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6 Dividend ETFs That Beat S&P 500 in the 10-Year Bull Run

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The hunt for dividend in the equity market is always steady irrespective of how the market is behaving. After all, who doesn’t like a steady stream of current income along with capital gains?

The lure for income stayed strong even in the 10-year old bull market, which was the longest-running in U.S. history. Investors should note that on Mar 6, 2009, the S&P 500 touched a bear market nadir of 666.79, only to stage an astral rally next decade. During this 10-year period, the S&P 500 index has quadrupled, rallying more than 300% (read: 10 Top-Ranked ETFs Leading the 10-Year Bull Run).

Inside Dividend’s Outperformance

Research shows that dividend stocks often beat their non-dividend paying counterparts over longer periods. According to Chicago-based Greenrock Research, a portfolio with the top 20% of the S&P 500 companies ranked by dividend yield and weighted by market capitalization, outperformed the overall S&P 500 by 2.13 percentage points annually from 1995 to 2018.

And the past decade was especially favorable for dividend ETFs as central banks including the Fed has been ultra-dovish. The Fed’s quantitative easing and rock-bottom interest rate policy actually kept rates lower for a longer period of time. As a result, investors rushed toward higher yielding securities in quest of solid and steady current income.

Plus, stocks with dividend growth point to quality investing – a pre-requisite to making money in a volatile environment. The past decade has seen many ups and downs. The Euro zone debt crisis, Abenomics in Japan, the Taper Tantrum in the United States, China’s soft-landing issues, oil price massacre, initiation of QE by ECB, Brexit and U.S.-China trade tensions are to name a few.

So, while growth stocks have skyrocketed with cheap money in the past decade, dividend stocks and ETFs did not sit on the sidelines. They participated equally in the market rally and some even beat the S&P 500 handily. Against this backdrop, below we highlight a few dividend ETFs that beat the S&P 500 in the 10-year old bull market.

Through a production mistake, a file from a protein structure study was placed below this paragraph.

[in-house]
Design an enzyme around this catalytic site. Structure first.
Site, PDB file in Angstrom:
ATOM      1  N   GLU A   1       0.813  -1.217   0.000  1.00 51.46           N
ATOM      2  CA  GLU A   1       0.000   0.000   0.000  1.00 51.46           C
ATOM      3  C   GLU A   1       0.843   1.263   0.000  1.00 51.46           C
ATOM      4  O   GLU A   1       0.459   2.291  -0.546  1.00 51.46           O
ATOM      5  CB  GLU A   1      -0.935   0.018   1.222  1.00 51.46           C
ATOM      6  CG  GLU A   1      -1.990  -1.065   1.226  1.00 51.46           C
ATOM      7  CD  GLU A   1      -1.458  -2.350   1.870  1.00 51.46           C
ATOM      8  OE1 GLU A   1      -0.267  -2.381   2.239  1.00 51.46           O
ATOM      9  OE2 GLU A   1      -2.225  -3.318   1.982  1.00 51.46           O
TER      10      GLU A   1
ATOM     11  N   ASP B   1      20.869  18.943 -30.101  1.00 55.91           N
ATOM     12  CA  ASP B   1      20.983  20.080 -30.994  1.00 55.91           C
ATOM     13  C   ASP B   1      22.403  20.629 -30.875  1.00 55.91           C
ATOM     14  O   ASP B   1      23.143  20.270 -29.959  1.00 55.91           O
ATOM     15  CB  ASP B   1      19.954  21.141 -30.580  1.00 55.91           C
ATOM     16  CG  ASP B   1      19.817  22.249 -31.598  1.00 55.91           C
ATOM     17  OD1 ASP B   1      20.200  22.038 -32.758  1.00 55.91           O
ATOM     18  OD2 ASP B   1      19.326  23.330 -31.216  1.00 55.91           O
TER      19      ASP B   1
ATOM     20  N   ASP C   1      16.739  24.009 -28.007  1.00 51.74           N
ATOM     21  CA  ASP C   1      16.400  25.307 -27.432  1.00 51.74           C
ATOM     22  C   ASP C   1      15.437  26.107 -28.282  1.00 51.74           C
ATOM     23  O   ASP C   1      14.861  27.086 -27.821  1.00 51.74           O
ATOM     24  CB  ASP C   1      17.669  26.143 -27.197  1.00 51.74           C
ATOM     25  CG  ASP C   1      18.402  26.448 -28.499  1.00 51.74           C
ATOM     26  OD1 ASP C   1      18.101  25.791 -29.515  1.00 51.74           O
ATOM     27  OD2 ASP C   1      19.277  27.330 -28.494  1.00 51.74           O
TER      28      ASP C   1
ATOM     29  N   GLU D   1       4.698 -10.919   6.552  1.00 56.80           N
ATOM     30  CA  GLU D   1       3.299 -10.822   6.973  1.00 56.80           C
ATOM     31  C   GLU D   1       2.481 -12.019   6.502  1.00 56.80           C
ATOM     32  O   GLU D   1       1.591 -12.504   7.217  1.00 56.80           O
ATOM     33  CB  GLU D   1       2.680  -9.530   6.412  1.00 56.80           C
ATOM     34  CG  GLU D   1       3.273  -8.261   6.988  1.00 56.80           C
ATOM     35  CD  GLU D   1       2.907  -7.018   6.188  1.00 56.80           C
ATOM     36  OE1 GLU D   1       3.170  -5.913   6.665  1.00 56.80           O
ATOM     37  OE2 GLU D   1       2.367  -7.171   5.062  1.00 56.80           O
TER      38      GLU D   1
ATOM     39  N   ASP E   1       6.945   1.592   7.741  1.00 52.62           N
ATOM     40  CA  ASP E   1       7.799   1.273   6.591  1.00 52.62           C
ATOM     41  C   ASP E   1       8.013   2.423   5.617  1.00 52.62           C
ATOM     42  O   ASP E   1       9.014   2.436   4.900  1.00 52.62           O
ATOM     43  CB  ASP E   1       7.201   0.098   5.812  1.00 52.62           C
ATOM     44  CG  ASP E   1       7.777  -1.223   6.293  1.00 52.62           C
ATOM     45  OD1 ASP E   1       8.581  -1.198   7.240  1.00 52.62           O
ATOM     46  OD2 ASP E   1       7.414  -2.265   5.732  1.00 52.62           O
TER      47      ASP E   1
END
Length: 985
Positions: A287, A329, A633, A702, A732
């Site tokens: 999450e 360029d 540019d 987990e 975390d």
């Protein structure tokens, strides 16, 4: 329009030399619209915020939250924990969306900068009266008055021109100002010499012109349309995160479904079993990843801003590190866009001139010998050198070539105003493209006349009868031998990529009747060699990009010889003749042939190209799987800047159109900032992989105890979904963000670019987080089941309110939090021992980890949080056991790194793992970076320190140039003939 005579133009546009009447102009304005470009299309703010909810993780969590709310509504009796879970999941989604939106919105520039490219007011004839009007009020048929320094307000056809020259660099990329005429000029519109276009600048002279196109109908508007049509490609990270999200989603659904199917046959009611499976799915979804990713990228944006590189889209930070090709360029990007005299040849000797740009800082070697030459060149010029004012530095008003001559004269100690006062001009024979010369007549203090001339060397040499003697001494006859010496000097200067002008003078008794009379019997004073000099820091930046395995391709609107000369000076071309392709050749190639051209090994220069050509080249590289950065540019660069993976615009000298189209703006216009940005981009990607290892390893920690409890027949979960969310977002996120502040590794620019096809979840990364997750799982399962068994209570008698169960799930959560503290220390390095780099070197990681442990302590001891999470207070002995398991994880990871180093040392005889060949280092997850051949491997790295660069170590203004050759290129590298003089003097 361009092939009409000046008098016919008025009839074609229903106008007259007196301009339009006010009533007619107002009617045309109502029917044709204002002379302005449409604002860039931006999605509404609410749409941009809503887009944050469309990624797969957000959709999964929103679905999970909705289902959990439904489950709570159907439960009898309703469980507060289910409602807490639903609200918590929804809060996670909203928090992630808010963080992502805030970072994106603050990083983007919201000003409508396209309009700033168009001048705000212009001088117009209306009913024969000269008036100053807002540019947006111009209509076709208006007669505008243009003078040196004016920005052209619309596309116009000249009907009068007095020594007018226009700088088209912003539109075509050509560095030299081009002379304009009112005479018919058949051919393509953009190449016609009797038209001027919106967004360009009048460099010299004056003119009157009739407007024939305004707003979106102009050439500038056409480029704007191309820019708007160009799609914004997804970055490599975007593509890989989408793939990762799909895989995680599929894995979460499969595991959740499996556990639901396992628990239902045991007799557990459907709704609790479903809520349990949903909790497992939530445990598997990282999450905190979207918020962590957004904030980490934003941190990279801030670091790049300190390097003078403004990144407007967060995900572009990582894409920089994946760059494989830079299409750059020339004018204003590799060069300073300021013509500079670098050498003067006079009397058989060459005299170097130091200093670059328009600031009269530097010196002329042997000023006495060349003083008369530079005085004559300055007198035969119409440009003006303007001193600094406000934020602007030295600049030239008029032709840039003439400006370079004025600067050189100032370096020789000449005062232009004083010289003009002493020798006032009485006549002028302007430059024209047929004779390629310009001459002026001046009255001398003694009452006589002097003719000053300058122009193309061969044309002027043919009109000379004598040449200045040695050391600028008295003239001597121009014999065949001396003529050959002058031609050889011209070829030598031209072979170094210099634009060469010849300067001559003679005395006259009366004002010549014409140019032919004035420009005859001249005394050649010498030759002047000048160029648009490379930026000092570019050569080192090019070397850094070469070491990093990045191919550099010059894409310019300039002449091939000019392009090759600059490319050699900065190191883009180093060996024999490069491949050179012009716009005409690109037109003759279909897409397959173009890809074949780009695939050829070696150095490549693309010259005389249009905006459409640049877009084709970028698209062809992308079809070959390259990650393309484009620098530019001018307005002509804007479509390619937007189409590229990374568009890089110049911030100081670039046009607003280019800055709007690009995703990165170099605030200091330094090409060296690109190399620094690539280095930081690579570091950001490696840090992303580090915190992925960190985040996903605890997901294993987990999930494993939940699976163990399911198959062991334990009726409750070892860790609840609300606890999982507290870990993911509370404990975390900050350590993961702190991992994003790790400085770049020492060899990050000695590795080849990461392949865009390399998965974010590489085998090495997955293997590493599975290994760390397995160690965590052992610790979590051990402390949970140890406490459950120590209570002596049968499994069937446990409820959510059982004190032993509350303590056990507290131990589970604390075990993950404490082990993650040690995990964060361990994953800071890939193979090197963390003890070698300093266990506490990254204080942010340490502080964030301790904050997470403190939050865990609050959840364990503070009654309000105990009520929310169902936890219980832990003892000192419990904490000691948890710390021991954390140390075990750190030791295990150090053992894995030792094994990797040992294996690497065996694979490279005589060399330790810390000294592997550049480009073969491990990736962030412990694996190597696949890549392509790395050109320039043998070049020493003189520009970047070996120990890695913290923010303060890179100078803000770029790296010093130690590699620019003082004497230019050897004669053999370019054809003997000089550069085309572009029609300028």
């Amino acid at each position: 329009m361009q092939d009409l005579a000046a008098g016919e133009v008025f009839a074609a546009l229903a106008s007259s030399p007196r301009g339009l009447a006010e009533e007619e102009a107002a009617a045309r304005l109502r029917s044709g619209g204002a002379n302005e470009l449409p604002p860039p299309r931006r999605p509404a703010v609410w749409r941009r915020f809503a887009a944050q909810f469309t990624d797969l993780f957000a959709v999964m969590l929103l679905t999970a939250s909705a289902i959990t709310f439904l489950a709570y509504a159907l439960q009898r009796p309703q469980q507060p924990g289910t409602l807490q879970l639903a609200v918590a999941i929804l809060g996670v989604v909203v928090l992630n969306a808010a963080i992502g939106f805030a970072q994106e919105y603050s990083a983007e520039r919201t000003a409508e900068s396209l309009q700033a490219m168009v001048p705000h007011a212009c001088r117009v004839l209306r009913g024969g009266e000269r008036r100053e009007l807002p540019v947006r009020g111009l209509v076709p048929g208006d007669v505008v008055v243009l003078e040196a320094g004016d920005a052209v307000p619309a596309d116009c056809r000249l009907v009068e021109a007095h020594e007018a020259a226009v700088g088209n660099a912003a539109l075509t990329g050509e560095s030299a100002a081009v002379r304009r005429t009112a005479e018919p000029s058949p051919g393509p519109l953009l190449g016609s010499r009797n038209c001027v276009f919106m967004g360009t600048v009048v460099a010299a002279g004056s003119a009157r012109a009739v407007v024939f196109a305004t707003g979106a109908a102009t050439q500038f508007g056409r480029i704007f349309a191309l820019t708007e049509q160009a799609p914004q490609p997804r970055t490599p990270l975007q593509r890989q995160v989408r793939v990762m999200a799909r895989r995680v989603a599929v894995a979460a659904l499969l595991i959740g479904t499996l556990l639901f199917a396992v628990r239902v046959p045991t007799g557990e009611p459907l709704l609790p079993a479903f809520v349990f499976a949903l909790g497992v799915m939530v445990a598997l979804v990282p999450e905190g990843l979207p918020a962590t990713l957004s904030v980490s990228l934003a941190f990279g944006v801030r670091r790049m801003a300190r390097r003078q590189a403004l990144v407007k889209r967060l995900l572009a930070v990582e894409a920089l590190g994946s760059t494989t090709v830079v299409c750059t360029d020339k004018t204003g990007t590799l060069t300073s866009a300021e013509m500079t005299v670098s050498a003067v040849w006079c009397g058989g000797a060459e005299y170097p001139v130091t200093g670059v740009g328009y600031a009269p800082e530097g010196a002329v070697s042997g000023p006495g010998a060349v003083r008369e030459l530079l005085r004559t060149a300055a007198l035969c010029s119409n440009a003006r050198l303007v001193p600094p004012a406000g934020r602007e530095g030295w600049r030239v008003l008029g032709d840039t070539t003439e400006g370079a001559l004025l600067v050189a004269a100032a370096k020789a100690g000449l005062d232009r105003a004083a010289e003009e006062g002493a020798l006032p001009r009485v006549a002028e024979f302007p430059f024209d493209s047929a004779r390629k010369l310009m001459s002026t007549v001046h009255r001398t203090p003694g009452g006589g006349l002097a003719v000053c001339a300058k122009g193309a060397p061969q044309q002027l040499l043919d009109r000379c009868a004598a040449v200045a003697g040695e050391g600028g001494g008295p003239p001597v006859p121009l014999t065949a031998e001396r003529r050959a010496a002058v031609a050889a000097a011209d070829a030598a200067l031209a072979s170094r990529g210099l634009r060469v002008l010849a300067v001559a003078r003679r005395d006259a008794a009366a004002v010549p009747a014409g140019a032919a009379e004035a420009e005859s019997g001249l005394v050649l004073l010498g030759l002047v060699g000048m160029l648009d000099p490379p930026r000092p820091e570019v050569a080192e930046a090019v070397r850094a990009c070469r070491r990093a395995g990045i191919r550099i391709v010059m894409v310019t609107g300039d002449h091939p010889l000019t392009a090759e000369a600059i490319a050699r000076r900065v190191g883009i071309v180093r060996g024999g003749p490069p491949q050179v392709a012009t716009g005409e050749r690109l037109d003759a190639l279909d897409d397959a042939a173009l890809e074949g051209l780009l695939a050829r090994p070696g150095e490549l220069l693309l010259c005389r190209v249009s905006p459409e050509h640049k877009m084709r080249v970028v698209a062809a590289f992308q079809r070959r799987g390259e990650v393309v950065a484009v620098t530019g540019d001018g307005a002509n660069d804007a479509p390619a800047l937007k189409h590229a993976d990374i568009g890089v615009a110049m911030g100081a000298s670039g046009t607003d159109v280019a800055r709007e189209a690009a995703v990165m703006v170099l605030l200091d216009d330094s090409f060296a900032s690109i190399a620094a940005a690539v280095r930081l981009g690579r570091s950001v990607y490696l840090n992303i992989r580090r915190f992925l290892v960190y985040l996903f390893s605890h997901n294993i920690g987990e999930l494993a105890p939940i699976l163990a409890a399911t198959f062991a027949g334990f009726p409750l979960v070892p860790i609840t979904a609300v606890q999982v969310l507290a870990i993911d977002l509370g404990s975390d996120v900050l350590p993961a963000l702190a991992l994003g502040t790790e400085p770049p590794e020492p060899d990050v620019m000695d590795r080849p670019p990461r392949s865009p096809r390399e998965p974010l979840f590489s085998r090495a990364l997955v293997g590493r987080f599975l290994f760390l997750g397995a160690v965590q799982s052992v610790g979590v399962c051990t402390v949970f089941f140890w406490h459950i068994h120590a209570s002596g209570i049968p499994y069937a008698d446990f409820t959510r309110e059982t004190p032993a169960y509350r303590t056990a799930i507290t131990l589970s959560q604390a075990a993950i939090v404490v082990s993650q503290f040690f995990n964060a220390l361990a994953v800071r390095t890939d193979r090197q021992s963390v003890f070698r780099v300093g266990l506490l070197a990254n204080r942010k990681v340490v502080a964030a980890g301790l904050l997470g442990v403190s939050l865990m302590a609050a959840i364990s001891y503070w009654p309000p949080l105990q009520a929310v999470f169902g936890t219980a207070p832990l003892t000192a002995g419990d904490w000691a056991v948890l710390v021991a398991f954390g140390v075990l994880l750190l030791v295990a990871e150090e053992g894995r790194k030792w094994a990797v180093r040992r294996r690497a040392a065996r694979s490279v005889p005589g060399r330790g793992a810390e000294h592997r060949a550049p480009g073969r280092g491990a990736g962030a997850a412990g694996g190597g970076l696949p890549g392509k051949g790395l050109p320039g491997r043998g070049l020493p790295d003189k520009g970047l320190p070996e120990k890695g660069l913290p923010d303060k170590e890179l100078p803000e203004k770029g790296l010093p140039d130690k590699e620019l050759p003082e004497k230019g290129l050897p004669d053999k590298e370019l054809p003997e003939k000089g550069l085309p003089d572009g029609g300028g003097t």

Invesco High Yield Equity Dividend Achievers ETF (PEY) – Up 474.5%

The underlying NASDAQ US Dividend Achievers 50 Index comprises 50 stocks selected principally on the basis of dividend yield and consistent growth in dividends. The fund charges 54 bps in fees and yields 3.93% annually. The yield comes against 1.86% offered by SPDR S&P 500 ETF SPY (read: 7 Promising ETFs Under $20).

First Trust Morningstar Dividend Leaders Index Fund (FDL - Free Report) – Up 404.5%

The underlying Morningstar Dividend Leaders Index consists of stocks listed on one of the three major exchanges, NYSE, NYSE Amex or Nasdaq, that have shown dividend consistency and dividend sustainability. The fund charges 45 bps in fees and yields 3.68% annually (as of Mar 11, 2019).

SPDR S&P Dividend ETF SDY – Up 401.4%

The underlying S&P High Yield Dividend Aristocrats Index measures the performance of the highest dividend yielding S&P Composite 1500 Index constituents that have followed a managed-dividends policy of consistently increasing dividends every year for at least 20 consecutive years. It yields 2.51% annually and charges 35 bps in fees.

WisdomTree U.S. SmallCap Dividend Fund (DES– Up 451.9%

The underlying WisdomTree U.S. SmallCap Dividend Index is a fundamentally weighted index measuring the performance of the small-capitalization segment of the U.S. dividend-paying market. The fund yields 3.21% annually and it charges 38 bps in fees.

WisdomTree U.S. High Dividend Fund (DHS – Up 399.9%

The underlying index that measures the performance of companies with high dividend yields selected from the WisdomTree Dividend Index. It yields about 3.53% annually and charges 38 bps in fees.

iShares Select Dividend ETF DVY – Up 394.1%

The underlying index measures the performance of a selected group of equity securities issued by companies that have provided relatively high dividend yields on a consistent basis over time. The fund yields 3.29% annually and charges 39 bps in fees.

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